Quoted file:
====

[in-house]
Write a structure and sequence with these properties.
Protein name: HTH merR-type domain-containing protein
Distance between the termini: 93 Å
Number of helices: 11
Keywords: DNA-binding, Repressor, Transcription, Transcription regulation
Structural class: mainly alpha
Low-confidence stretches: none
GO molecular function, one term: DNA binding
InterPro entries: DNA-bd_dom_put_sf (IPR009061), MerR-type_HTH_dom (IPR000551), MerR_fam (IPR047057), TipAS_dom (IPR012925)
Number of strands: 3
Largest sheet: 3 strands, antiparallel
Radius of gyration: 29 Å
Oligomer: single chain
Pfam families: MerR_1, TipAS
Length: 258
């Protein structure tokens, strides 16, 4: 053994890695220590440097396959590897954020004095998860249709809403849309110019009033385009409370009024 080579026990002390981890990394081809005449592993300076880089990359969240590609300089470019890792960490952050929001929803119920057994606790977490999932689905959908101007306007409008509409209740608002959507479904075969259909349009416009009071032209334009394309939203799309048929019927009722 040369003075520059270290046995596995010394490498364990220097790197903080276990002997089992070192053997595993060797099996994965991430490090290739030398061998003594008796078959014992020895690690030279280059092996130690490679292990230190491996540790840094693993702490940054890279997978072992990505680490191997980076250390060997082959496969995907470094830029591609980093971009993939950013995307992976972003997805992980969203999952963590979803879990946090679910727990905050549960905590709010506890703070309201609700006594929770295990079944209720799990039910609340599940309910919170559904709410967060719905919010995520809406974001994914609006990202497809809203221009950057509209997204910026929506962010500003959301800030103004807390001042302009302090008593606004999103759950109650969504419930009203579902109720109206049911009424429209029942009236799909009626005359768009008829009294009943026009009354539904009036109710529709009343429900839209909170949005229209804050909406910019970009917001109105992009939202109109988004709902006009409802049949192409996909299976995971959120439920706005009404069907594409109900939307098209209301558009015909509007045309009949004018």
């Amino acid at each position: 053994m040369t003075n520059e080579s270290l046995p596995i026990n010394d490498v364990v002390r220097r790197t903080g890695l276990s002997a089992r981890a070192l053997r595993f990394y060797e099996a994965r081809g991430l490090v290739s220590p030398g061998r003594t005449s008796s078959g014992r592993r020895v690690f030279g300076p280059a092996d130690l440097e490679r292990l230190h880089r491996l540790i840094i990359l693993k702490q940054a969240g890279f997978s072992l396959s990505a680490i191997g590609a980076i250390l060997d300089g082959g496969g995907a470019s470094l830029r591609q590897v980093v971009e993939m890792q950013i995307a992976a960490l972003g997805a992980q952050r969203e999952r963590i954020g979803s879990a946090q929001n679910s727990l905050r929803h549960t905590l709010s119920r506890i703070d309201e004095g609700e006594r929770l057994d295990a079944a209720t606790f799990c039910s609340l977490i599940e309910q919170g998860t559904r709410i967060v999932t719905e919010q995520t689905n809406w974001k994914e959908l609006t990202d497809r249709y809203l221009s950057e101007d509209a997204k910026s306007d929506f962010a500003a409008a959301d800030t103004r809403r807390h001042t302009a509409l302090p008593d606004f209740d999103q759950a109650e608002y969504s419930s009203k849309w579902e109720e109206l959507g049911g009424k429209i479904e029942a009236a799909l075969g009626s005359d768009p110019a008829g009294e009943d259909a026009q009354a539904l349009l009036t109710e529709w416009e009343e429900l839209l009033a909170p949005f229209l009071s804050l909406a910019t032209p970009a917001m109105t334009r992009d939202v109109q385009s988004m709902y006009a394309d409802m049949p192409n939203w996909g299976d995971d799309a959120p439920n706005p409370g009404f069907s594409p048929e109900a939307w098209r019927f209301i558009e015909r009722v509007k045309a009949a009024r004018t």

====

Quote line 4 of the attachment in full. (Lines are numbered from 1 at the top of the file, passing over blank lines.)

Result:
Distance between the termini: 93 Å